OT language specific ligatures

seanos's picture

I’m hoping someone can point me in the direction of some syntax examples for implementing language-specific ligatures. I’m not completely clueless, but I’ve yet to find anything that’s entirely clear to me either.

The reason: I’ve been looking at some free fonts which look promising, but they implement some ligatures that are only appropriate in French (ae -> æ, oe -> œ). Seeing words like dœs and shœs (or Gæilge) is a little disconcerting. I’d like to corral these, though I suppose I could also just delete them.

The problem table seems to be this...

feature rlig { # Required Ligatures
 # Latin
    sub A E by AE;
    sub A e by AE;
    sub O E by OE;
    sub O e by OE;
    sub a e by ae;
    sub o e by oe;
 script DFLT;
    sub A E by AE;
    sub A e by AE;
    sub O E by OE;
    sub O e by OE;
    sub a e by ae;
    sub o e by oe;
} rlig;

By looking at other fonts it seems that I would need to define languages somewhere by script, but it’s not clear where you would do that (ccmp table?).

Nick Shinn's picture

Use the "locl" feature.
There have been a number of threads at Typophile about the “fi” ligature in Turkish, which might help you understand the issue and method.

Michel Boyer's picture

o_e should not be treated as a ligature in French. The French words "coefficient", "moelle" and generally words for which the o and e are pronounced separately do not give rise to œ. It is the spell checker that replaces oe by œ in œil, œuf, bœuf, etc. If you implement the ligature oe in the font, you will get "cœfficient", "mœlle" etc. which are plainly wrong.

blokland's picture

When a-e, o-e, i-j combinations are not diphthongs, they should not be treated as such. I reckon that this was the reason that the ‘dpng’ tag was deprecated from the 1.25 version of the OT specification.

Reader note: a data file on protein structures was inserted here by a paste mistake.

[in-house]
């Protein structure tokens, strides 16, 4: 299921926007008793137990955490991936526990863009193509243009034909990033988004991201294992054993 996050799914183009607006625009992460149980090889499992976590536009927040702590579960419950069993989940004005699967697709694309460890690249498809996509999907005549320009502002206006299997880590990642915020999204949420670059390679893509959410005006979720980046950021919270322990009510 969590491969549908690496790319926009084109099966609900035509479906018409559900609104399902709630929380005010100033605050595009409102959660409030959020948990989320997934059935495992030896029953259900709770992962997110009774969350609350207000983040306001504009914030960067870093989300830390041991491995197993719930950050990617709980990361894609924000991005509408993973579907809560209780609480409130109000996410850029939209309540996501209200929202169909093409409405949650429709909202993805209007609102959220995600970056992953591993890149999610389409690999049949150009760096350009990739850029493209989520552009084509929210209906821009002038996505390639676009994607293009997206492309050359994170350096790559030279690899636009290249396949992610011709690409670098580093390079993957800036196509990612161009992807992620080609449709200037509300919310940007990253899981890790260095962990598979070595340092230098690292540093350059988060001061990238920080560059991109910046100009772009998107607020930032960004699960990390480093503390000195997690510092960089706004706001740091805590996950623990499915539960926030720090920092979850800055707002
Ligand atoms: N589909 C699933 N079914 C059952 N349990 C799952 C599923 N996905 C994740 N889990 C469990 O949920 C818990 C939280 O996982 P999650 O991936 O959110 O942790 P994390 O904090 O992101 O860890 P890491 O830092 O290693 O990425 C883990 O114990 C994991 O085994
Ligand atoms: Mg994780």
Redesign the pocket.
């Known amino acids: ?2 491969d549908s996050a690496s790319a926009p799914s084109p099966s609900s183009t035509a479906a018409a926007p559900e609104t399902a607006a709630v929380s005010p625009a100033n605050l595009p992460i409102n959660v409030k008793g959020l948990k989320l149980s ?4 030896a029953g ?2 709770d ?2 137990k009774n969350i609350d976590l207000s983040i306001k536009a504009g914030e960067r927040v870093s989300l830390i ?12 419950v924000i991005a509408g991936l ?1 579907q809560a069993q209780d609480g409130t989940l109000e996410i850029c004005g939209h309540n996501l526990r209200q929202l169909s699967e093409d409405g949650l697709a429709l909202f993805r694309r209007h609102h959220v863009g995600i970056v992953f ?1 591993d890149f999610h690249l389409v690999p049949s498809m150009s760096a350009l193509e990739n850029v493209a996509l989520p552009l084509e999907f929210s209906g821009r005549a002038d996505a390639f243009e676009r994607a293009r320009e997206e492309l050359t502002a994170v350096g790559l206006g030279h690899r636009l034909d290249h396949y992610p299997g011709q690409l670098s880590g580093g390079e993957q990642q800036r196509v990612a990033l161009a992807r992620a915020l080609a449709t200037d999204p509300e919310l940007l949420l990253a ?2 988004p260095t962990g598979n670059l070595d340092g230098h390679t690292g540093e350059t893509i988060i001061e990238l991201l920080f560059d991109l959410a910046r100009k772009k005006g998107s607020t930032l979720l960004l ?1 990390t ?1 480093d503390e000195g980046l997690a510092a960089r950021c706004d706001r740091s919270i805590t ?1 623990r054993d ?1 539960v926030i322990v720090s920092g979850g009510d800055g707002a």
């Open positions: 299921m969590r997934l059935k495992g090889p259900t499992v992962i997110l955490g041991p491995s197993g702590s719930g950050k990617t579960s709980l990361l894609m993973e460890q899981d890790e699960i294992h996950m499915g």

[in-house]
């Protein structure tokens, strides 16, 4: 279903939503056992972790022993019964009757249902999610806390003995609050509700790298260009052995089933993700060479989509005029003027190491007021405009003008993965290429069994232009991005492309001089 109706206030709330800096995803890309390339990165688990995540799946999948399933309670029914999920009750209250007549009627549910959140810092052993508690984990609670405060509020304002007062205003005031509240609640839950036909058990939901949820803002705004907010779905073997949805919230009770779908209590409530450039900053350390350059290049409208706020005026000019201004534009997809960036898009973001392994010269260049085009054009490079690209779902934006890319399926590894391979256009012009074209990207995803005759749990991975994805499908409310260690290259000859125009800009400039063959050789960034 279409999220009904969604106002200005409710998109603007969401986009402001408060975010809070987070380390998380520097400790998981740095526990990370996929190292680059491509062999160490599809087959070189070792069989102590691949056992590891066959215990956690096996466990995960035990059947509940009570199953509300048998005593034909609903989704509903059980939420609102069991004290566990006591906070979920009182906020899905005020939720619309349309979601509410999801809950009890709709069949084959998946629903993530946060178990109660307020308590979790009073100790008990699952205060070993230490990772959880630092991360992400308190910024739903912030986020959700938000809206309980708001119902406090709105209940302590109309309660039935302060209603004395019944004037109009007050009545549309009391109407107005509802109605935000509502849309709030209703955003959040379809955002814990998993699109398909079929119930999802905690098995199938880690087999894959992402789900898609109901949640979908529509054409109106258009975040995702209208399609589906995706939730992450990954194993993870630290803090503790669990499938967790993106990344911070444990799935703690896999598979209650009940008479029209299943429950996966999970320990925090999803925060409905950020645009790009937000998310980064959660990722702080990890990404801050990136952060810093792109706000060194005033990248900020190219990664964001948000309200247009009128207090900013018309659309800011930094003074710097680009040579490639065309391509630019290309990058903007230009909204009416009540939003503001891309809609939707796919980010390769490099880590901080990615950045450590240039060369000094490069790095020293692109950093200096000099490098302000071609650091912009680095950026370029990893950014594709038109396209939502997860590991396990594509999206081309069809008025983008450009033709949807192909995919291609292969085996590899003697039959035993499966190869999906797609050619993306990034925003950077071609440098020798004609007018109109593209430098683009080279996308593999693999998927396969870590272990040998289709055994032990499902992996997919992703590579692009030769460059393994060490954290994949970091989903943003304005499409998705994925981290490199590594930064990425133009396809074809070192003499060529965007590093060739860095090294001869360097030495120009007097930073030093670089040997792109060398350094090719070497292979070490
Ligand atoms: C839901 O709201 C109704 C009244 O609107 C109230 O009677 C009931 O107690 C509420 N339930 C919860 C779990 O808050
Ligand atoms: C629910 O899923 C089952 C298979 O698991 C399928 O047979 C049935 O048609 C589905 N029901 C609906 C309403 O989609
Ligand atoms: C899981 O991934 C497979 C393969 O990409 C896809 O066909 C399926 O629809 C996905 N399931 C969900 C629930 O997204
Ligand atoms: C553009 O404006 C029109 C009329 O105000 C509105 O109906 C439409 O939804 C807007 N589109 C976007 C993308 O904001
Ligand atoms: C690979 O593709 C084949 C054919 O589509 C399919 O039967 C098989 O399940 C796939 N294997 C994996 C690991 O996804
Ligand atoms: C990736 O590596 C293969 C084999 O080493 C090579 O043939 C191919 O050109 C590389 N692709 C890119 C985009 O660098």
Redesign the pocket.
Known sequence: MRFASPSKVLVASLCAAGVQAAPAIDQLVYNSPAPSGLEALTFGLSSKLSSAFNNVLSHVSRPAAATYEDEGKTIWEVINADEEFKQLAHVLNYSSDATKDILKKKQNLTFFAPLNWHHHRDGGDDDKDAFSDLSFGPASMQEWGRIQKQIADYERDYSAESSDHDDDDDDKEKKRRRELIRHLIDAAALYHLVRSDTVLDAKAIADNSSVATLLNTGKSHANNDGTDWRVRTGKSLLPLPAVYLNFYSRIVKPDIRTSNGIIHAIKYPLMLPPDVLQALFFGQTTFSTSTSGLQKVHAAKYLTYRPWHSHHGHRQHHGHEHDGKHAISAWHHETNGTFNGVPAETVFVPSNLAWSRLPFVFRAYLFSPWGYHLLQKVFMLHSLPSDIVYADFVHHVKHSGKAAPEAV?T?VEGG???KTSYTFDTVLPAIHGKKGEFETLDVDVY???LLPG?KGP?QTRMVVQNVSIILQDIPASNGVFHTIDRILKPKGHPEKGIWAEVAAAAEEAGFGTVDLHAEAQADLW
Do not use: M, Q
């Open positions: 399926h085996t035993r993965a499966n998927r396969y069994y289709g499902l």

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blokland's picture

I’m far from an expert, but the choice of the ‘rlig’ feature tag surprises me a bit in this case.

Tag: ‘rlig’
Friendly name: Required Ligatures
Registered by: Microsoft
[…]
Script/language sensitivity: Applies to Arabic and Syriac. May apply to some other scripts.
[…]

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Té Rowan's picture

Hoo-boy! All I did to work around this particular problem was to make that 'rlig' apply only to 'latn'/'FRA ', which, IIRC, is the setting for French.

blokland's picture

Reynir: ‘All I did to work around this particular problem […]

Ah, circumventing problems to create new ones. Nice ;-)

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Té Rowan's picture

Since I make these changes for personal use only, these are problems that will not appear to me.

John Hudson's picture

All I did to work around this particular problem was to make that 'rlig' apply only to 'latn'/'FRA

But as Michel points out, not every occurrence of ae and oe in French is equivalent to æ and œ. These are not glyph display distinctions, they are spelling distinctions, and hence properly made at the character encoding level, not the GSUB level.

seanos's picture

Ah, the joy of opposing timezones.

I did find what I was looking for late yesterday (Adobe: OpenType Feature File Specification).

My quick solution was to move this stuff to the end of liga in their own block...

 language FRA; # French
lookup liga10 {
    sub A E by AE;
    sub A e by AE;
    sub O E by OE;
    sub O e by OE;
    sub a e by ae;
    sub o e by oe;
} liga10;

...but it did seem unlikely to me that this was the usual thing to do for French, so removing it altogether is probably the best solution.

May apply to some other scripts.

Well it certainly seems to apply to text marked up as English and Irish in Webkit and on my Nook!

Use the "locl" feature.
There have been a number of threads at Typophile about the “fi” ligature in Turkish, which might help you understand the issue and method.

I don’t think locl is appropriate here, but it would certainly be easy to allow for Turkish while I’m editing the liga feature. These fonts already have fi & ffi in a separate block to fl, ffl & ff so it should be simply a matter of putting in something like...

 language TRK  exclude_dflt; # Turkish
lookup liga1; # fl ffl ff

...before...

 script dflt;
lookup liga0; # fi ffi
lookup liga1; # fl ffl ff

Another useful reference: Adobe: OT Feature Tags

charles ellertson's picture

Just a note -- unless your font has all the characters needed for Turkish, it seems silly to exclude the f_i ligatures with a language tag. There were literally hundreds of fonts with that exclusion in {liga} that also lacked the dotted capital I. How would you set Turkish with such a font?

Té Rowan's picture

Incidentally, my simplistic solution works for me, if only because I'm not a Francophone and never set text in French and very rarely read any – and then only on newspaper sites.